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Published in 1961 and receiving Newbery honors the next year, The Golden Goblet still rates high on any reading list decades later. Within, young Ranofer wants nothing more than to become a goldsmith in ancient Egypt, but after his father’s death, he must live with his vile half-brother, Gebu, who apprentices him as a stonecutter. After finding an exquisite goblet hidden among Gebu’s clothing, Ranofer becomes convinced that his brother has been robbing tombs in the great Valley of the Kings. But how can he prove it without getting himself killed?
Ranofer makes for a captivating character. Surrounded by wicked men, he keeps his integrity. Among devastating circumstances, he maintains hope. He is the quintessential underdog, and I cheered for him accordingly. Eventually, two companions befriend him, young Heqet and the Ancient, who demonstrate loyalty and friendship Ranofur has never known. As Ranofu struggles to reshape his life to realize his dreams, this bewildered boy matures into a thoughtful, courageous young man who is willing to risk his life for what he believes is right.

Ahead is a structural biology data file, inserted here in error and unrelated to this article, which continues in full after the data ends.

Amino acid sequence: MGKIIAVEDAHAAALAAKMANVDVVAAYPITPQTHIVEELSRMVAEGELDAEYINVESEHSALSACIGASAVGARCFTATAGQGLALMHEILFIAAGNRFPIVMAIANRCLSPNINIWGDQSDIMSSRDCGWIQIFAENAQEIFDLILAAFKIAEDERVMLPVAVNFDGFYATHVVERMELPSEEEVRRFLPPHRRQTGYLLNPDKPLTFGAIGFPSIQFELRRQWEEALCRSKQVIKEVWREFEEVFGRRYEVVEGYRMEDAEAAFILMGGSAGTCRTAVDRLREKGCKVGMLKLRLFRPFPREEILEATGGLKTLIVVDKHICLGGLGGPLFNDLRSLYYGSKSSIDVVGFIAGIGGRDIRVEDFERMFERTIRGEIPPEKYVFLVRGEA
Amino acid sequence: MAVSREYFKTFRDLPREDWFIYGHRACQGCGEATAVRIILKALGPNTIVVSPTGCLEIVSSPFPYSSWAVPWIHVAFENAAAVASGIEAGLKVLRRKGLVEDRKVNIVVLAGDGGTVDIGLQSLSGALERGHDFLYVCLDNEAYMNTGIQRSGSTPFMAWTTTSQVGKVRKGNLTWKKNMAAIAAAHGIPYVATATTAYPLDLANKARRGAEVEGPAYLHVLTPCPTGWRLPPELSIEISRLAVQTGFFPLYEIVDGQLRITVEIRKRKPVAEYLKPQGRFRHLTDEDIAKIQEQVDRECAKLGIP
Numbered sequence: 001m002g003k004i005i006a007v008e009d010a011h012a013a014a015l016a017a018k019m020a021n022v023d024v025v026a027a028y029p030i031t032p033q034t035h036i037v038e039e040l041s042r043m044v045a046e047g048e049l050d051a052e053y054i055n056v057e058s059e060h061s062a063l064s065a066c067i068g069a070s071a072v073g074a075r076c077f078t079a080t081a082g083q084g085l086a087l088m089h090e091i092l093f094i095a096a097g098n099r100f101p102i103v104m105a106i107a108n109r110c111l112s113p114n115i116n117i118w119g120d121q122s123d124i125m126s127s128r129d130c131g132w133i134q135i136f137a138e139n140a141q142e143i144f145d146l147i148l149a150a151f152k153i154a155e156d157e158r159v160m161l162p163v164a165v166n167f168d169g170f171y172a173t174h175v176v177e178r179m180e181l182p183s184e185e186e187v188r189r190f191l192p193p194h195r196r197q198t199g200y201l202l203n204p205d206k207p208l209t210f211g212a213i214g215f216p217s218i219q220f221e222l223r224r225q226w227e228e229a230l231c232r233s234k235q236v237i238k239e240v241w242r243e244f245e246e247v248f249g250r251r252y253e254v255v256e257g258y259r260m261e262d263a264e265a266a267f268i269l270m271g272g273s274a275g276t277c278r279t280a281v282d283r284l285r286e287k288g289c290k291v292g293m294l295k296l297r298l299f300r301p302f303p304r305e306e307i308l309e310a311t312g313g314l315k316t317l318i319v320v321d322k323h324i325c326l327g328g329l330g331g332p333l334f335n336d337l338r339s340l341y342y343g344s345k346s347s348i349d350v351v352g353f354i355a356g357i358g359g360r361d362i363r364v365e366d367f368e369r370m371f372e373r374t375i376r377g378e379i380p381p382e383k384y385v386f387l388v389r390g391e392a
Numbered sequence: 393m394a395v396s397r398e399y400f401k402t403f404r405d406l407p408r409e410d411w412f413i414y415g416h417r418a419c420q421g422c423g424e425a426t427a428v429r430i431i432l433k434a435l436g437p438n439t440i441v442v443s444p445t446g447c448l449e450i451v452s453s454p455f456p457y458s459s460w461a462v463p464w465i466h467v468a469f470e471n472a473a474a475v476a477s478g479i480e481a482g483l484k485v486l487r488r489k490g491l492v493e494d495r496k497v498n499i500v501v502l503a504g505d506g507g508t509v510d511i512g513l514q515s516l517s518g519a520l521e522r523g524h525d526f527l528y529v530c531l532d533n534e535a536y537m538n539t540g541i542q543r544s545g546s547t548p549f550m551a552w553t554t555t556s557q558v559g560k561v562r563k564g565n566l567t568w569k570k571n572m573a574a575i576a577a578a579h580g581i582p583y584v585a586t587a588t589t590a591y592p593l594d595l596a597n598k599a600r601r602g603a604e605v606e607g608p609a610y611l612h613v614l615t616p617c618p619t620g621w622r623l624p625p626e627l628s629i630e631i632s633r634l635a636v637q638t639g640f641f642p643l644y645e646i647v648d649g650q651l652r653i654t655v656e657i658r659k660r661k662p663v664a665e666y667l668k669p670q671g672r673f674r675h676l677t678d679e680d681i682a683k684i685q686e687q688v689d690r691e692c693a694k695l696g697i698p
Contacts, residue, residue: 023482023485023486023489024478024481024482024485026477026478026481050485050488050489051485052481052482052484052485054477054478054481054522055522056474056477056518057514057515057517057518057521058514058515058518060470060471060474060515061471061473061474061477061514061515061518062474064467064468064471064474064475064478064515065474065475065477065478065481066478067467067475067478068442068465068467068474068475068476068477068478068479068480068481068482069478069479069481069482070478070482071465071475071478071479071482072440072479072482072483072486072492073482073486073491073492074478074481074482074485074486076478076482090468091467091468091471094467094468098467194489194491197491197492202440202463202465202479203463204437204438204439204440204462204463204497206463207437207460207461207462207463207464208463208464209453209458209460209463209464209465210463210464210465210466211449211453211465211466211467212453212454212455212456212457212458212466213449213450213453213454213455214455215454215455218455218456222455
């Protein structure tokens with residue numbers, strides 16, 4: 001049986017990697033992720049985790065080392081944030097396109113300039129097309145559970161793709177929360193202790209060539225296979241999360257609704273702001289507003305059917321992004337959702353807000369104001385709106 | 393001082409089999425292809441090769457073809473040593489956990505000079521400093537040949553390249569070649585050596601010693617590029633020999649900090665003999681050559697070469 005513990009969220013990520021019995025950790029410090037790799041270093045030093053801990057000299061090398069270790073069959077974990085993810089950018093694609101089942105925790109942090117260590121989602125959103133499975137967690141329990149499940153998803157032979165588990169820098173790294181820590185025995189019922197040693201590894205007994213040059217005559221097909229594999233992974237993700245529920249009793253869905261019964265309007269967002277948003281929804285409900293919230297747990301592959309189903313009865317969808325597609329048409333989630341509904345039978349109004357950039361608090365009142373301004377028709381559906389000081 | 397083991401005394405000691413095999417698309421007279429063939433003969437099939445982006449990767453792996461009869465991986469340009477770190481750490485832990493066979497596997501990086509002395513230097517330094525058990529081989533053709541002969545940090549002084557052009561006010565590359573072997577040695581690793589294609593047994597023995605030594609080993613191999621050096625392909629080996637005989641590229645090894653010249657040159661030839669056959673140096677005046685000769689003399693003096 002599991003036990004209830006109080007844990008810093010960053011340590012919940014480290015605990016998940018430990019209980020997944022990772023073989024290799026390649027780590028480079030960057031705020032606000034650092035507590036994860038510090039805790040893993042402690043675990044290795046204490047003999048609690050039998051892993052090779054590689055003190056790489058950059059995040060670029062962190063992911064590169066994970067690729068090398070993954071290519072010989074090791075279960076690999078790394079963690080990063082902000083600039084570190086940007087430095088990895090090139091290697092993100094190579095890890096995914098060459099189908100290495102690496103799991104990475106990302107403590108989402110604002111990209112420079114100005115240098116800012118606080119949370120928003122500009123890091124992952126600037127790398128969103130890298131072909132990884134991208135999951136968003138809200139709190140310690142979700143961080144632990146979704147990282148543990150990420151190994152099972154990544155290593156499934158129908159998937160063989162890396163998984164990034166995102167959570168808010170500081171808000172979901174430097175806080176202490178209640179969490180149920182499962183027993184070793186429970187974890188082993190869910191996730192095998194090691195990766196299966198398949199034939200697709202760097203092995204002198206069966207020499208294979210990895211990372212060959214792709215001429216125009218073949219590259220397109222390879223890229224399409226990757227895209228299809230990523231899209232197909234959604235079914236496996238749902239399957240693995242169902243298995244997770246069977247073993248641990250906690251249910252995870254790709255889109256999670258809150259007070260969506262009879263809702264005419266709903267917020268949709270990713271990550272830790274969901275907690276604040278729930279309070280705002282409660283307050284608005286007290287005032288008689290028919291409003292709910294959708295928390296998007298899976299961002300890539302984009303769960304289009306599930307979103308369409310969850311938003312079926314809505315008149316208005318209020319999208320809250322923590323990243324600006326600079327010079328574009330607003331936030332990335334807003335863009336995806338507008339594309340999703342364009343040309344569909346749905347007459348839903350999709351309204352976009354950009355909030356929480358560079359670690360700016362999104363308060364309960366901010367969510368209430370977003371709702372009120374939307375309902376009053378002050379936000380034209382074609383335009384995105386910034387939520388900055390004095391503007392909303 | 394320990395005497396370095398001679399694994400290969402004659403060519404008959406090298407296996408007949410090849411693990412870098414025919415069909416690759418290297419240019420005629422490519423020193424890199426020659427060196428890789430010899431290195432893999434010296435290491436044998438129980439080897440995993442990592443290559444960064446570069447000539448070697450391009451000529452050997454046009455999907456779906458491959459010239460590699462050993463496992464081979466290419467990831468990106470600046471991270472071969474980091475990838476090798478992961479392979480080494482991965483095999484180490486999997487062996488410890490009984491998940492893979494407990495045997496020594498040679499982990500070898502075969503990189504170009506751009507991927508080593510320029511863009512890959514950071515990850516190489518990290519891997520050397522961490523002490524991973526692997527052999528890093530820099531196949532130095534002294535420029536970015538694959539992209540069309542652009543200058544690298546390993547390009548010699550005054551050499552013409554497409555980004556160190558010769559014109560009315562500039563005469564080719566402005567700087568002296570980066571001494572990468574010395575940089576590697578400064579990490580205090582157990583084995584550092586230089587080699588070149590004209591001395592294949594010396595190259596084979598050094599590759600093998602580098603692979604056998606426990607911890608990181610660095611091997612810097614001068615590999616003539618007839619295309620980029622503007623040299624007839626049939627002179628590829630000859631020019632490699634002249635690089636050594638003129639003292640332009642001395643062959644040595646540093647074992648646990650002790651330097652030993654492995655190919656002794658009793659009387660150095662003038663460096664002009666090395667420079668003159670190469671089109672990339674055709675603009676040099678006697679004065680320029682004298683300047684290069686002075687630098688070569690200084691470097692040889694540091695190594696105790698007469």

Ms. McGraw also paints a stunning portrait of the land, its culture, and its religion. For this reason, The Golden Goblet would make a valuable companion to a social studies unit on Egypt. But it would be equally valuable in any children’s literature class, as she writes with rare artistry. Her prose is fluent and poetic, she’s a master of dialogue, and she chooses wonderfully rich and period-appropriate word pictures. For me, this richness adds tremendously to the pleasure of reading.
While The Golden Goblet successfully held my interest, and it ends with a spine-tingling conclusion, it took a great many slow pages to develop in the middle. Not every reader would stick it out. But in my opinion, it’s worth pushing through. Ms. McGraw has made ancient Egypt come to life and given us a delightfully innocent, lovable, unforgettable hero who, in my favorite scene of the book, is asked by the queen what he would most like in the world and asks for… a donkey!
Recommended for ages 10+.